On January 14, 2008, Castille was sworn in as Chief Justice of Pennsylvania.[8] He retired at the mandatory age of 70 on March 16, 2014. Castille was elected to membership in the American Law Institute in 2014.

While Chief Justice, in his capacity as head administrator of the Pennsylvania courts, he hired Jeffrey B. Rotwitt to act as the courts' attorney in a project to build a new family courthouse in Philadelphia County.[9] Journalists at The Philadelphia Inquirer revealed that Rotwitt was simultaneously acting as a business partner of the construction project's developer and was therefore involved on both sides of the transaction. Castille later claimed to have been duped by Rotwitt.

In 2012, Castille, a Republican, cast the deciding vote against the Pennsylvania Legislative Reapportionment Commission's redistricting map, siding with his Democratic colleagues. In his opinion, Castille wrote that the map split too many municipalities.[10] He also wrote the unanimous opinion upholding the LRC's revised redistricting maps in 2013.[11]

As district attorney, Castille frequently sought the death penalty, a point he used during his campaign for the Supreme Court. Castille personally authorized seeking the death penalty against Terry Williams, who had killed two men who sexually abused him as a child, but the sentence was overturned 25 years later because the prosecution deliberately withheld key facts. Castille's Supreme Court reinstated the sentence in 2015. On June 9, 2016, the US Supreme Court concluded in Williams v. Pennsylvania, that "Chief Justice Castille's failure to recuse from Williams's case presented an unconstitutional risk of bias."[12]

Awards and decorations[edit]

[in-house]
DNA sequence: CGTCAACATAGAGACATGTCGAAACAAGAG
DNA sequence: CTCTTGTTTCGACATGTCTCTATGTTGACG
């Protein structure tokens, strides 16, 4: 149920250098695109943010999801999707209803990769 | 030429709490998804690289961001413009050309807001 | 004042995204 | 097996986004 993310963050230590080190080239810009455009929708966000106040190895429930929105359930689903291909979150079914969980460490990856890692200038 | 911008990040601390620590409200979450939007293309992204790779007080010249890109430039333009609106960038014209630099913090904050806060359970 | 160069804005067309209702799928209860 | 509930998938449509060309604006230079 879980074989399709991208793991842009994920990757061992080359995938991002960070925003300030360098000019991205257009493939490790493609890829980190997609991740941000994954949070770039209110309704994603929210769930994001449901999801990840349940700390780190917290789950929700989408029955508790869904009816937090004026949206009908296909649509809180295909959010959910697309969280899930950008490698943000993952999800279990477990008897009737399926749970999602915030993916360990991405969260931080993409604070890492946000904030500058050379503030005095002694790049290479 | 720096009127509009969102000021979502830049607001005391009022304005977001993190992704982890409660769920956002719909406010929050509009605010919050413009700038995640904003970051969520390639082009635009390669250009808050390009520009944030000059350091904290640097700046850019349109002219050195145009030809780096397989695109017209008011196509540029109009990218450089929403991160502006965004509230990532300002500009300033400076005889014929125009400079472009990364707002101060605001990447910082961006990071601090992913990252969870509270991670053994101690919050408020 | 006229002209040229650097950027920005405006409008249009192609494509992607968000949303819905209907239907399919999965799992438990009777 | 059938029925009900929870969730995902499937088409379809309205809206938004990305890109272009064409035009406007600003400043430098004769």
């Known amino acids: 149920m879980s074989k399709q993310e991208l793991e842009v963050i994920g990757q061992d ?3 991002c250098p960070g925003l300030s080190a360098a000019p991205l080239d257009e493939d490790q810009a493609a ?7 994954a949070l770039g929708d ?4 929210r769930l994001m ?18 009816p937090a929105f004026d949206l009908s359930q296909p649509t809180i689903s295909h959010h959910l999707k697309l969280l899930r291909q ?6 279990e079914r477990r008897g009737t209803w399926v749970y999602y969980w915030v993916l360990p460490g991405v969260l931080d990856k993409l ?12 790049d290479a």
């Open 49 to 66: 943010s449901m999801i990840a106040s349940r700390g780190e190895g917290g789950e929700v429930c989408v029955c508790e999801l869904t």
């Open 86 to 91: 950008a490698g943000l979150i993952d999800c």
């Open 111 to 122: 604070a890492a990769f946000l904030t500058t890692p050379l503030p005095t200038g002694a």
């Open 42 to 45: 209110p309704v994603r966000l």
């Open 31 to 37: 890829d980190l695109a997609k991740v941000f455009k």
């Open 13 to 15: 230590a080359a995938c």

Among Ron Castille's awards and decorations are the following:

See also[edit]


  1. ^ "Philadelphia Inquirer: Search Results". Retrieved 7 July 2017.
  2. ^ "Philadelphia Inquirer: Search Results". Retrieved 7 July 2017.
  3. ^ "Angel Mendez". Retrieved 2017-07-07.
  4. ^ Ronald Castille (January 14, 2008). "Installation of Chief Justice Ronald D. Castille" (PDF). Retrieved 23 January 2021.
  5. ^ Colimore, Edward (2010-05-31). "Castille, others fight to upgrade a hero's medal". Retrieved 2021-01-23.
  6. ^ "Our Campaigns – Philadelphia Mayor – R Primary Race – May 21, 1991". Retrieved 7 July 2017.
  7. ^ "Hon. Ronald D. Castille – a Philadelphia, Pennsylvania (PA) Lawyer". Retrieved 7 July 2017.
  8. ^ Lounsberry, Emilie (2008-01-15). "New chief justice sworn in". The Philadelphia Inquirer. Retrieved 2021-12-19.{{cite web}}: CS1 maint: url-status (link)
  9. ^ "Archives -". Retrieved 7 July 2017.
  10. ^ "Pennsylvania Supreme Court explains reasoning for rejecting state's redistricting plan". 4 February 2012. Retrieved 7 July 2017.
  11. ^ "Archives -". Retrieved 7 July 2017.
  12. ^ "October Term, 2015 : Syllabus" (PDF). Retrieved 2017-07-07.


External links[edit]

Legal offices
Preceded by Chief Justice of Pennsylvania
Succeeded by
Preceded by District Attorney of Philadelphia, Pennsylvania
Succeeded by